James McLaren Formula E
The NEOM Mclaren Racing Formula E Team was created through the acquisition of last year’s championship team from Mercedes-EQ. – NEOM McLaren Racing Formula E Team

Synergies exist between the single seater and rally series. Lessons learned about battery power and sustainability in the electric SUV carry over so long as one is mindful of keeping focus on the individual needs and nuances of each series.

Especially now that electric racing technology has caught up, and is ready to surpass, the existing technology that has gone into building street cars.

When internal combustion engines gained the upper hand soon after automobiles were invented, racing paced alongside. The pressure of competition pushed the development of their commercial equivalents. The same has not necessarily been true of electric cars. Street cars were not designed to undergo the same stress as racecars – and that vulnerability showed up on the racetrack.

“Formula E has come along a long way,” James said. “I think one of the most notable developments is in the battery technology. In Gen 1, you had the drivers jumping from one car to another car midrace because the battery technology and capacity simply wasn’t where it needed to be to do the full distance. That obviously changed in Gen 2 and we saw a power increase as well to the 250 kilowatts.

“Now going to Gen 3, we have 350 kilowatts in a smaller battery. But that means that we’re relying on the regeneration of energy and for that reason, we’ve got also the opportunity to regenerate on the front axle as well as the rear axle now. So, there’s all sorts of things that are developing in the right direction.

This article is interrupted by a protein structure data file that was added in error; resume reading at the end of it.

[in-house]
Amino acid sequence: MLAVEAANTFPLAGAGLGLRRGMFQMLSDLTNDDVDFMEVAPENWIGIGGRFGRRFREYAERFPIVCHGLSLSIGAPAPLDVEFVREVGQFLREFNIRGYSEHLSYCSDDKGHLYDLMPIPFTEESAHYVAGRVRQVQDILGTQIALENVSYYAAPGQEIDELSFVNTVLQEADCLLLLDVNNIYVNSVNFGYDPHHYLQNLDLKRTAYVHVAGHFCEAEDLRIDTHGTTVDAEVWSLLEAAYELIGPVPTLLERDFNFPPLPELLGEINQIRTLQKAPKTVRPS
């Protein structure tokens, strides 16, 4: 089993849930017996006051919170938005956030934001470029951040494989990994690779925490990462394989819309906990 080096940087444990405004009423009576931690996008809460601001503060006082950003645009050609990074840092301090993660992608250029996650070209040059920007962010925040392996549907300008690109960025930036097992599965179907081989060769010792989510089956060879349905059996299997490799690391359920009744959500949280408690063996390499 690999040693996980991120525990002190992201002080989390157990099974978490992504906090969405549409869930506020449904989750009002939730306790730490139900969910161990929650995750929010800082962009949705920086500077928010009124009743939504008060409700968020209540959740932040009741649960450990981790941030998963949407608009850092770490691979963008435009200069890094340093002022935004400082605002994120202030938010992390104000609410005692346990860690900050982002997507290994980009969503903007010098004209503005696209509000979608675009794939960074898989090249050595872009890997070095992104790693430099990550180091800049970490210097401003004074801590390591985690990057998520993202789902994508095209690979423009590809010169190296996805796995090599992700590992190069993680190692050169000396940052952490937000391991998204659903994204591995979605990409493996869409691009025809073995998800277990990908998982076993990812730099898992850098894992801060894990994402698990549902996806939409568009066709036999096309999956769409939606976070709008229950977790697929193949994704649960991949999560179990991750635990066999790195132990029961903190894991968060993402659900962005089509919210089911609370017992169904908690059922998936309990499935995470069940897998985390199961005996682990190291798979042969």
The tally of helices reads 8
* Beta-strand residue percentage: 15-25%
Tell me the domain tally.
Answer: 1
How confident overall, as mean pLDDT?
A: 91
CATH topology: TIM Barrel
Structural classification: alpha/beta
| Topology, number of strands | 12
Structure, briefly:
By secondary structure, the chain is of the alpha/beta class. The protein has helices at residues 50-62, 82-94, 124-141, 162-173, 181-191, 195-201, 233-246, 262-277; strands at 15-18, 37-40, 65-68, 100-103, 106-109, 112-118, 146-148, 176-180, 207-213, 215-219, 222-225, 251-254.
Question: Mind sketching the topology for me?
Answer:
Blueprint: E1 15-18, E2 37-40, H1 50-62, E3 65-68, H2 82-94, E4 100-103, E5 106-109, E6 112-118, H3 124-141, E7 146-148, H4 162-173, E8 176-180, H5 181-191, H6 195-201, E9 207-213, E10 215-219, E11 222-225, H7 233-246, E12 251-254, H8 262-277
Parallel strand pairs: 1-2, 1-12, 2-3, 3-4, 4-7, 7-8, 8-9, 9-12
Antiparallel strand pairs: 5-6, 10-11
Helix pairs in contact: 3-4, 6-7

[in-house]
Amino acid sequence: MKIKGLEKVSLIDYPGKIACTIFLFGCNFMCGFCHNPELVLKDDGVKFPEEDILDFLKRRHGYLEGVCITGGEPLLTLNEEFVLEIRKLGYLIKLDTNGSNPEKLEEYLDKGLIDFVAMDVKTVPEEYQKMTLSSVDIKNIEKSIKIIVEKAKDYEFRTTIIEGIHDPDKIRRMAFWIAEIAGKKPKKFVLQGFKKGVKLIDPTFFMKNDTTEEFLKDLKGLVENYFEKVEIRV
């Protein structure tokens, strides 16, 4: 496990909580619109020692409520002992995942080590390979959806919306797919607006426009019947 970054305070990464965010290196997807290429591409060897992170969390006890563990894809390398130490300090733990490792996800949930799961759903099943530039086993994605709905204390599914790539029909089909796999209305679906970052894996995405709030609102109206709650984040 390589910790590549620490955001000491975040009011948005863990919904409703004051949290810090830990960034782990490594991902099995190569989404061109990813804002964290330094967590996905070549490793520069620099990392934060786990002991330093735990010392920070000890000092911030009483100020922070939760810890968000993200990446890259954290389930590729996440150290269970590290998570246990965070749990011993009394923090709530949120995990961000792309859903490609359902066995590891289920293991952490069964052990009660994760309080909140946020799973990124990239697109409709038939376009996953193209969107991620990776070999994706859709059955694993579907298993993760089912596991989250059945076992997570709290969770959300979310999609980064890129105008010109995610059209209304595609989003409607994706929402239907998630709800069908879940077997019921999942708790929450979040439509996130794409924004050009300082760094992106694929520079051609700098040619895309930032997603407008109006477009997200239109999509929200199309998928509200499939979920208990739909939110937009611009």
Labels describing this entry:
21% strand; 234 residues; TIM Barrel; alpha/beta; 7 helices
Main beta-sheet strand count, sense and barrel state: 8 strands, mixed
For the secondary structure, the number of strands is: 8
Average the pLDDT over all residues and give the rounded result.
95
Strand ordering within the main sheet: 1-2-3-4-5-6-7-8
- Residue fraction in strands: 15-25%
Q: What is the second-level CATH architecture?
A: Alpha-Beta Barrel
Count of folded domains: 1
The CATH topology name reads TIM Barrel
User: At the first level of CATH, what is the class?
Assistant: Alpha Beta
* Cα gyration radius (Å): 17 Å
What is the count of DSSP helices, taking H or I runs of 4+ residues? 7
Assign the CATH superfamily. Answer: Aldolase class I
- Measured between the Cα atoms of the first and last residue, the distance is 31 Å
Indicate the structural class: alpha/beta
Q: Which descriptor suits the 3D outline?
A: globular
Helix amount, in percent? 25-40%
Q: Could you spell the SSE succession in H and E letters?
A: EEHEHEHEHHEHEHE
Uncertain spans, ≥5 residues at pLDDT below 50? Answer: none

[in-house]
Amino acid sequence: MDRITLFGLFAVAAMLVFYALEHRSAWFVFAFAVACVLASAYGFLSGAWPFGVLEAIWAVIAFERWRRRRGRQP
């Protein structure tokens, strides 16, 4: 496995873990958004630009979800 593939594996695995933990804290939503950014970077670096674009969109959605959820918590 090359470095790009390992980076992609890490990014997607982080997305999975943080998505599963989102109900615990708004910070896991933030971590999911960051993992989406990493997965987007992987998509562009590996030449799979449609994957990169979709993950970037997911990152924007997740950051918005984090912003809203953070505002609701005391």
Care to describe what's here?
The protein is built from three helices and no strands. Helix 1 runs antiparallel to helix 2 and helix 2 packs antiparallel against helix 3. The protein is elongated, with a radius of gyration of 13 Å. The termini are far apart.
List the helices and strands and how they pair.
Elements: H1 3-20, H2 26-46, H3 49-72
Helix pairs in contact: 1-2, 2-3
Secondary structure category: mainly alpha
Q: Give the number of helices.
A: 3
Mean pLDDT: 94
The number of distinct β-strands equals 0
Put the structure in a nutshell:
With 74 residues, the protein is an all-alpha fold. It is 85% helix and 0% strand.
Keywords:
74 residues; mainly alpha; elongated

“In terms of throttle response, actually, we’re now in a situation with electric racing and the motors that it’s instantaneous. And one of the advantages of electric over combustion engine is that the torque is instantaneous as well, so that gives you a lot more room to play with.”

No matter the power source, racing has always been about resource management. Drivers and teams select tire strategies they believe produce the fastest elapsed time and fuel conservation comes into play.

On one hand, electric racing is the same, but there is a critical difference. With the battery as both the power source and an integral part of the engine, there are multiple reasons to manage it.

In electric racing, the brain of the car is the software – and that is where James sees the greatest room for advancement.

“As we are working with our drivers and engineers – and start to look at functionality to improve our efficiency and our performance, that’s something we’ll continue to push because that development is open throughout the season,” James said. “That’s going to be our focus going forward and provides enough of a challenge for us to get our teeth into.